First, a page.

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TEACH YOURSELF THE INTERNET. By David and Rhonda Crowder. IDG Books pound;18.99. USING THE INTERNET TO IMPROVE TEACHING AND LEARNING. By Mike Battersby. Learning Online pound;7.99. CREATING YOUR FIRST WEB PAGE. By Alan Simpson. CliffsNotes pound;6.99. YOUR OWN WEBSITE: All You Need To Know. By Bill Thompson. Hodder Activators, pound;3.99.

There are half a dozen computer manuals on my bookshelves, with an average price of more than pound;20, each of which has taken me several steps beyond where I was.

The most expensive of these three guides is also the best. The target audience for Teach Yourself The Internet is "a beginning-to-intermediate PC user who isn't afraid to take charge of his or her own learning experience". The format is simple. The left-hand page contains instruction and commentary, while the right presents four illustrative screen shots. Each chapter begins with a "Master These Skills" listing. And, to encourage an attitude of self-study, each ends with a quiz.

There is a particularly good section on e-mail, which starts with the basics but quickly moves on into advanced areas, such as encrypting messages. The last few chapters get into webpage design using Netscape's Composer. A useful how-to tome for an ICT co-ordinator to lend to colleagues.

Mike Battersby's much slimmer book has been written in the spirit of the ew Opportunities Fund training schemes, looking at the Internet from a when-it-makes-sense-to-use-it point of view.

There is an attempt to leaven a serious educational approach with cartoons, used as reader alerts. (A cup of tea icon introduces something that "can take some time".) But bad organisation, clumsy writing and missing illustrations (p46) make this a slipshod book. Three full-page picture-spreads look at first as if they should be referred to in the text, but turn out to be advertisements.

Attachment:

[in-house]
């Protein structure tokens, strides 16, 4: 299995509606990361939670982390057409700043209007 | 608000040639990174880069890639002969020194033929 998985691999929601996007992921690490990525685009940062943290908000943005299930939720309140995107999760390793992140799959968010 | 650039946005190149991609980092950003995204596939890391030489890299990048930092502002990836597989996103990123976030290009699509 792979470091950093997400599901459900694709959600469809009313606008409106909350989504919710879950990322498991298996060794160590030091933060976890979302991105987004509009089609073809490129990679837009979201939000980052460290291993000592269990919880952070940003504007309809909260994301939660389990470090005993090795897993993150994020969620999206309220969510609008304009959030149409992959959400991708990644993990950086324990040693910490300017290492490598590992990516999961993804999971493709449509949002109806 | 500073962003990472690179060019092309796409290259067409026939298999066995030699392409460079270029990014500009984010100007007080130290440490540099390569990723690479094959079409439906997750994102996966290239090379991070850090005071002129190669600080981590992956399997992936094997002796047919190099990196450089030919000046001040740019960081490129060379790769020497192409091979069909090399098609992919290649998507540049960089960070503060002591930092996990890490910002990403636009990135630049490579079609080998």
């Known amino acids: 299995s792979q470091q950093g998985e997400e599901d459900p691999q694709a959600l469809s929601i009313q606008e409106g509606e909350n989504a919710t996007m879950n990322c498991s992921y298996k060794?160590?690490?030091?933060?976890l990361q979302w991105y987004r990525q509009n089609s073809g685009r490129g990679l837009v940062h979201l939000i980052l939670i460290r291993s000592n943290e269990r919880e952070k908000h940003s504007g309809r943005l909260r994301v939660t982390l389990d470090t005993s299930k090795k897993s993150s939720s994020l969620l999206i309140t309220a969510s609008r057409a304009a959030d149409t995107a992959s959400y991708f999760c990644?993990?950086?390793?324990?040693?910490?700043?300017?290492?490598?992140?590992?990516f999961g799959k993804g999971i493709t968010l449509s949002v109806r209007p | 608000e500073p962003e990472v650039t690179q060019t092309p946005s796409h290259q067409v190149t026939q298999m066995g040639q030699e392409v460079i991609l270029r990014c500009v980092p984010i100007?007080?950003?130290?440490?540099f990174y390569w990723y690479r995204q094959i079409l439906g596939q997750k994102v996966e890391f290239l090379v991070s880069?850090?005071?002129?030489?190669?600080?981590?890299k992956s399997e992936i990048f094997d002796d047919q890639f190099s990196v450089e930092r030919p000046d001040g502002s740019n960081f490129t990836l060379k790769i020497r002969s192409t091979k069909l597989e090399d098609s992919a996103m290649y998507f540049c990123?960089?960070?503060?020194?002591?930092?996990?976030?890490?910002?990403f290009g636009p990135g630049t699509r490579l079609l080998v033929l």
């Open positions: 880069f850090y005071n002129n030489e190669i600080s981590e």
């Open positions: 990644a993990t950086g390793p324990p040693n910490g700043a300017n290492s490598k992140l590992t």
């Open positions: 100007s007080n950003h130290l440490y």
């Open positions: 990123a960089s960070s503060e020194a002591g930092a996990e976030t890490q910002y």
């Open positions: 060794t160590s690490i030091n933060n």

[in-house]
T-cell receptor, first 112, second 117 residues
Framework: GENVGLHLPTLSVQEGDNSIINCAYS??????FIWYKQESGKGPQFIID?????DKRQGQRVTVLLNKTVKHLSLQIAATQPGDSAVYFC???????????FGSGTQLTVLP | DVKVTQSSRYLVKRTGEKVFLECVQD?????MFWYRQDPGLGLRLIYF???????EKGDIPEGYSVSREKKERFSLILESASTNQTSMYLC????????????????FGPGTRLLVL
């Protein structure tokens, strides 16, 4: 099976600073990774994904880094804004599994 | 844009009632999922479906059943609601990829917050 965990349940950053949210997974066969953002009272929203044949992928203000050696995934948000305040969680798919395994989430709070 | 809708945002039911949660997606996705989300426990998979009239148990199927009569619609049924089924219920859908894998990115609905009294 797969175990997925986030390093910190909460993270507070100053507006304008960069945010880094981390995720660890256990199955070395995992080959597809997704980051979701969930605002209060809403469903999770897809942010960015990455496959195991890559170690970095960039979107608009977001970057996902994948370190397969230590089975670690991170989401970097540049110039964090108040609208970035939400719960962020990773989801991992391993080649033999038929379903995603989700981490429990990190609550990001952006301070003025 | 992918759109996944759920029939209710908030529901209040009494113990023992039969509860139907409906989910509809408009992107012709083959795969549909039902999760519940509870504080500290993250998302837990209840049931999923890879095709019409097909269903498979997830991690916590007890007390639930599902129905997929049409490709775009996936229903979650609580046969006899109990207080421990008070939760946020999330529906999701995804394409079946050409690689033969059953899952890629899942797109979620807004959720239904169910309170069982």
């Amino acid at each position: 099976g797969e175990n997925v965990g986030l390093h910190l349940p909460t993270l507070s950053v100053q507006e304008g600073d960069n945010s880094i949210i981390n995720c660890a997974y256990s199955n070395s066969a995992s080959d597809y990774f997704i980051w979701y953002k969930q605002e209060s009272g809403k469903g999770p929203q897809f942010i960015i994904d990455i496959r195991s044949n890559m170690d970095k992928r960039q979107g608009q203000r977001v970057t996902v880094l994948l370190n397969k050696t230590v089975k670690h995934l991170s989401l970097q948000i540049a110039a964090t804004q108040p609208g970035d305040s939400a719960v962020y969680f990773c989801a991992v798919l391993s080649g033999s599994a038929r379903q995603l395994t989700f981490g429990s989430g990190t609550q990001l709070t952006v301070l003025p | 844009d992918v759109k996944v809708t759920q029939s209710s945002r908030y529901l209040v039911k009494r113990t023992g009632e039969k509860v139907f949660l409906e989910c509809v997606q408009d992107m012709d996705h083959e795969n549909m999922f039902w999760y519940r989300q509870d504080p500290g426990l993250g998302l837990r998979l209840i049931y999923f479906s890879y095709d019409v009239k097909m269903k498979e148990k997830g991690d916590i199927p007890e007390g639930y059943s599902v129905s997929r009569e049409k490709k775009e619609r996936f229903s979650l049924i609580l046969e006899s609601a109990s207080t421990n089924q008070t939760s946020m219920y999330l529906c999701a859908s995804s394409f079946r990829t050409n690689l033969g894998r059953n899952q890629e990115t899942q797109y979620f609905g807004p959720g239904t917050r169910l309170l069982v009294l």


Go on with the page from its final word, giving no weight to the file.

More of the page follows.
Creating Your First Web Page in the distinctive CliffsNotes range is a much crisper affair. Using FrontPage Express as the authoring tool, it runs at a rate of knots through beginning the page, adding lines and lists, placing graphics, making hyperlinks, creating tables, and finally publishing to the Internet. For those who want to keep things brisk and simple, it does its job well enough.

But why fight shy of HTML, the code that creates all these effects? The best and cheapest introduction to HTML I've found is a children's book, Your Own Website, published in the Hodder Activators series. Get hold of this little gem by Bill Thompson, and you'll be able to tweak your designs in ways that are concealed from those who only know how to use authoring tools such as Composer and FrontPage.

MICHAEL THORN

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